Portrait of an Invisible Illness10th November 2016
Location: The Royal Photographic Society, Fenton House, 122 Wells Rd, Bath BA2 3AH
This exhibition (throughout November 2016) employs a range of strategies for visualising ME (Myalgic Encephalomyelitis), a debilitating, multi-faceted, but invisible illness that affects over 250,000 people in the UK and hundreds of thousands worldwide. Described by sociologist Neville Millen (2003) as: “A chimera-like medical anomaly, a variant illness entity that like the mythical creature is composed of a complex and mysterious combination of parts which defy a clear description”, the chronically ill ME sufferer experiences invisibility on not one, but four interlinked fronts: physical, social, medical, and political invisibility.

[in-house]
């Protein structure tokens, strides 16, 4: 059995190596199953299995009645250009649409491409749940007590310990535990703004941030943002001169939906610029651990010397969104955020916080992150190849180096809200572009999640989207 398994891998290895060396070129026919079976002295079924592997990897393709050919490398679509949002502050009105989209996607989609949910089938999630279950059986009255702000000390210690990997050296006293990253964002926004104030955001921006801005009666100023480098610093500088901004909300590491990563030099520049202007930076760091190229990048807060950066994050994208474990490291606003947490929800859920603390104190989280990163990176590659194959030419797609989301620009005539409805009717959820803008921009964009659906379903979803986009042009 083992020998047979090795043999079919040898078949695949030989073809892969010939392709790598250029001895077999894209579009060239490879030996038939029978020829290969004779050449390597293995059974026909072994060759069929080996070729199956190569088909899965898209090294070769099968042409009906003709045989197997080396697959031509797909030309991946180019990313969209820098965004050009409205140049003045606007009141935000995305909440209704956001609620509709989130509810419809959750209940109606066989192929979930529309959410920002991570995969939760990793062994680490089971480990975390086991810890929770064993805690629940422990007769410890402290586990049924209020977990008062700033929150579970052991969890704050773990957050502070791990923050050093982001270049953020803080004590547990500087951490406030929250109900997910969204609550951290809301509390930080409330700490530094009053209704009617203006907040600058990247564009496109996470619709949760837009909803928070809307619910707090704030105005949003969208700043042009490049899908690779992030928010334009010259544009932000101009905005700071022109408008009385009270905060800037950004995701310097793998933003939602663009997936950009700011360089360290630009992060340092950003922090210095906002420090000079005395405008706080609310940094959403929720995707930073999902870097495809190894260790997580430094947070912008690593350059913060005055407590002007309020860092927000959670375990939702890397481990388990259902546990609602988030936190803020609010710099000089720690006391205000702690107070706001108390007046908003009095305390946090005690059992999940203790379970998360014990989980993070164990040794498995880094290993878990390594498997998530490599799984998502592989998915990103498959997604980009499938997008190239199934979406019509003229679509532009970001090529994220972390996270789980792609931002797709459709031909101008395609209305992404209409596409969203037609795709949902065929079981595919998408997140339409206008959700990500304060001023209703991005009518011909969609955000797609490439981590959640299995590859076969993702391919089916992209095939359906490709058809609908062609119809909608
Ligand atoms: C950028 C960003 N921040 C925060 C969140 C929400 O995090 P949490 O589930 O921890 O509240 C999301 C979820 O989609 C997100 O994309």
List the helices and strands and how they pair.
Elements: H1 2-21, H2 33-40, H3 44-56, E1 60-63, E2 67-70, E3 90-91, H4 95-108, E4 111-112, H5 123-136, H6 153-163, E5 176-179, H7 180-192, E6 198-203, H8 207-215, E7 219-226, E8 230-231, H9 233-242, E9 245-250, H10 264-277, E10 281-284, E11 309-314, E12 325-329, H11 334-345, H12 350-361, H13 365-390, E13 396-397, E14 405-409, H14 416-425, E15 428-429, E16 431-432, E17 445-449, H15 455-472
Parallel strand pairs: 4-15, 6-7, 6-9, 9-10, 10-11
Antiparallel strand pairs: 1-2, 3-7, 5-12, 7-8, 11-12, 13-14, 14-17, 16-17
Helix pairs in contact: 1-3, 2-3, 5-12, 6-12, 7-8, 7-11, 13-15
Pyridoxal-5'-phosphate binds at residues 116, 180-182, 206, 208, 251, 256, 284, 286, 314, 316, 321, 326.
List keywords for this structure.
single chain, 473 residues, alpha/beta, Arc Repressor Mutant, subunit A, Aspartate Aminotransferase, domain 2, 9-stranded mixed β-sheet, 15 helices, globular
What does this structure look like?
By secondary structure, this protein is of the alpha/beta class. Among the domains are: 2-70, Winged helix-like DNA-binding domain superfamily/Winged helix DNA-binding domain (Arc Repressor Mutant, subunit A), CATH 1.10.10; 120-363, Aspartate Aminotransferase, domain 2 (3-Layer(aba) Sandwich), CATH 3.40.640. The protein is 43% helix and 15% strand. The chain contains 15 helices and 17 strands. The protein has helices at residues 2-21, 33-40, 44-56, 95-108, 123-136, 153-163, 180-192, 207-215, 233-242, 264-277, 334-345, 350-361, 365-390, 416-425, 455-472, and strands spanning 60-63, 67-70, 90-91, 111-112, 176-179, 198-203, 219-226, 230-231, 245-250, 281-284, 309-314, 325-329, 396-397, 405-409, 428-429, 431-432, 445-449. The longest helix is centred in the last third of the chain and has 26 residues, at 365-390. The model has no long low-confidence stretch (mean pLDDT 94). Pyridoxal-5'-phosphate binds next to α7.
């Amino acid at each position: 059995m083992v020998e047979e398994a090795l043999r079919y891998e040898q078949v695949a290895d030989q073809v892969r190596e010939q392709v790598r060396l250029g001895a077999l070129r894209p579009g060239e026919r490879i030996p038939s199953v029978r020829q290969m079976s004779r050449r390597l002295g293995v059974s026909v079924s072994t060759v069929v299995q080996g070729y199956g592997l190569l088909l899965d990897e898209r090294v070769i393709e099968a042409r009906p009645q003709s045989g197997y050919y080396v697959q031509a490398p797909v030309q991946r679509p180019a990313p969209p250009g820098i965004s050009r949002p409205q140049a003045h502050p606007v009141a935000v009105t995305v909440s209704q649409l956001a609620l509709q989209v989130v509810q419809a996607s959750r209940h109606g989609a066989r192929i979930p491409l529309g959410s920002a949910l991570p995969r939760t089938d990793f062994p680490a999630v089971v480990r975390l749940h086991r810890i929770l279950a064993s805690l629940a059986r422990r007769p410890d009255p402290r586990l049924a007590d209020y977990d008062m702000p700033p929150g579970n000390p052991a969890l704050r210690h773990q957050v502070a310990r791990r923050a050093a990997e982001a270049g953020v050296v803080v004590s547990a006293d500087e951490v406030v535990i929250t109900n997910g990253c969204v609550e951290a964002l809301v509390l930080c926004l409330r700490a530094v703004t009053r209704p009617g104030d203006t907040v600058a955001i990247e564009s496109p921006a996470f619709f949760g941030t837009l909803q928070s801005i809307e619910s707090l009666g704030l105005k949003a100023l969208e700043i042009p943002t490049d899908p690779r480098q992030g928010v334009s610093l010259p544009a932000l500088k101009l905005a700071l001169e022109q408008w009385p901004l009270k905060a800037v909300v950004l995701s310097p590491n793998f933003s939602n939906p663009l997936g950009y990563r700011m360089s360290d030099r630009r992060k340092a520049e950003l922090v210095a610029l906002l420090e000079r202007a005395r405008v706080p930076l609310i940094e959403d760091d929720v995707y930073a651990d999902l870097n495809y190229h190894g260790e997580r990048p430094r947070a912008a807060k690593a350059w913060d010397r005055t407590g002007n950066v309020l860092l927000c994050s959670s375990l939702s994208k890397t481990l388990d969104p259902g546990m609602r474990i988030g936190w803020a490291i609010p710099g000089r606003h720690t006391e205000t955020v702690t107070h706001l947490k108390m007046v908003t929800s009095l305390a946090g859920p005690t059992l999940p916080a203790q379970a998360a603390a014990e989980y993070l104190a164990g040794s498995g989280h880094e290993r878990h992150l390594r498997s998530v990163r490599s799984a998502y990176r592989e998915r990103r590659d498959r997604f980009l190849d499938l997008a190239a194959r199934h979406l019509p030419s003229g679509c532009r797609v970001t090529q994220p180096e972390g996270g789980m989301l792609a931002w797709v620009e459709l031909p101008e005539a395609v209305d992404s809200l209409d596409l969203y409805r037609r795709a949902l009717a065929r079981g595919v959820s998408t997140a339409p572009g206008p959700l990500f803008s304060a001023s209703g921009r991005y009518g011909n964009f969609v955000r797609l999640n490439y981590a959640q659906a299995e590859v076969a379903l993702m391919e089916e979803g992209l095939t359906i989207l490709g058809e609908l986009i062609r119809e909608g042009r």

Although photography has often been used to communicate the non-visible, ME has not previously been explored visually in any great depth. Being a complex disease with no visible signs, but rather a collection of symptoms, photography cannot simply record ME’s invisibilities. Instead it requires a more metaphorical approach. Therefore, by employing metaphor, alongside participatory practice with ME sufferers, the artist explores the illnesses’ many layers through a combination of portrait, medical and domestic photographs, textual illness narratives, SenseCam images, and Google Earth maps.